Counting carbon

29th September 2017

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Jamie Hughes

John Lanchbery believes there are real opportunities to fix the land use accounting rules in tackling national emission reduction targets

National emission reduction targets should cover all human-induced emissions from a country – but they do not. Some emissions are excluded by so-called carbon accounting rules, notably those from agriculture, forestry and other land use (AFOLU). While there are historical reasons for this anomaly, it really must stop. Countries should account comprehensively for what the atmosphere sees from land use if we are to make best use of this key sector in tackling climate change.

Currently, there are opportunities to fix the land use accounting rules. Globally, all types of accounting rules are being negotiated as part of the Paris Agreement’s rule book, due to be agreed at the end of 2018. In the EU, land use accounting is part of the 2030 climate and energy package, with a key decision due to be made by the European Council this October.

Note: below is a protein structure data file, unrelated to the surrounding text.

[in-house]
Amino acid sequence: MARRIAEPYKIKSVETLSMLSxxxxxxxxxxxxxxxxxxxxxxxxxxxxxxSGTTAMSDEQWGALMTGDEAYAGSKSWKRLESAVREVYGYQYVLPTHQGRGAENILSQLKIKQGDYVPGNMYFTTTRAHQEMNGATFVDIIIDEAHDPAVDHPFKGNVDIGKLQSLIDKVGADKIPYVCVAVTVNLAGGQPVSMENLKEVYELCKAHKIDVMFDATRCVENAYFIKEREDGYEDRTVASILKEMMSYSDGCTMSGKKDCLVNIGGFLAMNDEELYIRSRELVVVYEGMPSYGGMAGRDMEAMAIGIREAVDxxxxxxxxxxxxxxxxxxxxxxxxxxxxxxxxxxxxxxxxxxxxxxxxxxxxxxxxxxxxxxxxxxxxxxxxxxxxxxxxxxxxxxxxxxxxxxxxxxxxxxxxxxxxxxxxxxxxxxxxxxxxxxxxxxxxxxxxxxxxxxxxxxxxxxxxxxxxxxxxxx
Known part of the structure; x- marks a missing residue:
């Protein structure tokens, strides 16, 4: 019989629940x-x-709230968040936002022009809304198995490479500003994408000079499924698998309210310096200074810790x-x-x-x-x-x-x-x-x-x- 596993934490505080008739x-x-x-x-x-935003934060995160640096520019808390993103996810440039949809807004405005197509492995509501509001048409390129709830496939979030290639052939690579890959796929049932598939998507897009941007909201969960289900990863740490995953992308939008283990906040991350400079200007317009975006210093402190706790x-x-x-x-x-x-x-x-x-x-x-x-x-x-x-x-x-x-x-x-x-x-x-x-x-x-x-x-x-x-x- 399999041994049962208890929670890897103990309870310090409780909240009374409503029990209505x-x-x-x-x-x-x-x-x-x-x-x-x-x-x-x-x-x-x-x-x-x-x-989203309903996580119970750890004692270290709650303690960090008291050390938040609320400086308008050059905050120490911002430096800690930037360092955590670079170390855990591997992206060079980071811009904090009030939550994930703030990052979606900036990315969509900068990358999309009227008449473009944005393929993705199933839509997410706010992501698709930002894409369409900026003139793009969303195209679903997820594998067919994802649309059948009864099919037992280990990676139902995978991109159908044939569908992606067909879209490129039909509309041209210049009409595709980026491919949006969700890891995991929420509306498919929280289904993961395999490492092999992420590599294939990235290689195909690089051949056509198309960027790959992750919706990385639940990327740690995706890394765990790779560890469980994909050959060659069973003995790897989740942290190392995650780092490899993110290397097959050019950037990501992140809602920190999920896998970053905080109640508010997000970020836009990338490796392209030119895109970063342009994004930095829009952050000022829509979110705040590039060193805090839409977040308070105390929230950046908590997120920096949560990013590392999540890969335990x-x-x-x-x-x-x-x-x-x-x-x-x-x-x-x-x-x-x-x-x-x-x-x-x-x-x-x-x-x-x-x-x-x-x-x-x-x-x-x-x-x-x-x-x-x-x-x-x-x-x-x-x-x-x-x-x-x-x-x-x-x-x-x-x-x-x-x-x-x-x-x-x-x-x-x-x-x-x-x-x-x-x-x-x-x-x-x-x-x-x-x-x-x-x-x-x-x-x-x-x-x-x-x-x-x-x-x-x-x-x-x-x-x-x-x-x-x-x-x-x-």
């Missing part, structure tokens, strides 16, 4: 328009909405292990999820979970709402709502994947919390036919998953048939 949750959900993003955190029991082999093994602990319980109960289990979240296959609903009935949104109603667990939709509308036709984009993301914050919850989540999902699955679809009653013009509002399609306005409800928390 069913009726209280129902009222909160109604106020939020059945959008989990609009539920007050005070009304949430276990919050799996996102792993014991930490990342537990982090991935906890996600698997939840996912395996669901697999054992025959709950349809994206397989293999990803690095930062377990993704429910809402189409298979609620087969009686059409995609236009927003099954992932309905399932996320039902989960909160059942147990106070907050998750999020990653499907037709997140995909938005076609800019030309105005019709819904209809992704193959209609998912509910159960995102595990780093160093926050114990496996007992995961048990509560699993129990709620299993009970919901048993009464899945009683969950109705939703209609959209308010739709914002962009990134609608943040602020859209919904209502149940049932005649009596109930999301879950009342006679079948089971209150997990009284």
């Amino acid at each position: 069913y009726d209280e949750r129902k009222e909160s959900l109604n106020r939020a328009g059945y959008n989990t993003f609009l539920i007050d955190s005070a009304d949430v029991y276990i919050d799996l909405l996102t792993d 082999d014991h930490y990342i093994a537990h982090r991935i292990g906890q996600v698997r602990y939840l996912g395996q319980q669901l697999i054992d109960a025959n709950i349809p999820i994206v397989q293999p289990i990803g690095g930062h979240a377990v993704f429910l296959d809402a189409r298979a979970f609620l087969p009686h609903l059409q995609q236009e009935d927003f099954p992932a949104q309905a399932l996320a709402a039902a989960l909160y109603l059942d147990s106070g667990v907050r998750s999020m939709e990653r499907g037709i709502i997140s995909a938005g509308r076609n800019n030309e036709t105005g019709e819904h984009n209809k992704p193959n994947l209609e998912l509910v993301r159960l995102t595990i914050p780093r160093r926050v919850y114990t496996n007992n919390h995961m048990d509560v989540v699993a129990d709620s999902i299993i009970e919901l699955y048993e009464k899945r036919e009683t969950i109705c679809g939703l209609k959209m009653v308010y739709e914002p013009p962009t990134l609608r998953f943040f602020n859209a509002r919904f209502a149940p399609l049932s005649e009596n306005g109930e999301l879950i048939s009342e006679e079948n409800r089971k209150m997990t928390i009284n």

Before going into the details and evolution of accounting rules, it is worth emphasising the vital part that AFOLU can and must play in reaching the Paris Agreement’s goal of keeping global temperature rise to 1.5˚C. Land-based vegetation is one of only two natural systems that actively remove carbon dioxide from the atmosphere, together with the oceans. We will need to conserve and enhance natural sinks and reservoirs of greenhouse gases, such as forests, if we are to get anywhere near the 1.5˚C goal. Yet we are far from attaining net removals of greenhouse gases at present. The UN’s climate science body, the Intergovernmental Panel on Climate Change (IPCC), estimates that 24% of all human-induced emissions come from AFOLU; their main sources are shown in the bar chart (opposite).

There is clearly a long way to go to attain net removals of carbon dioxide. Hiding emissions behind faulty accountancy rules is not the way to do it.

The international debate about how to include emissions and removals from land use in carbon reduction targets has a long history. It began in the run-up to the Kyoto Protocol in 1997. At that time, the subject was called land use, land use change and forestry (LULUCF) and there was a lot of discussion about whether to include it in the protocol targets at all.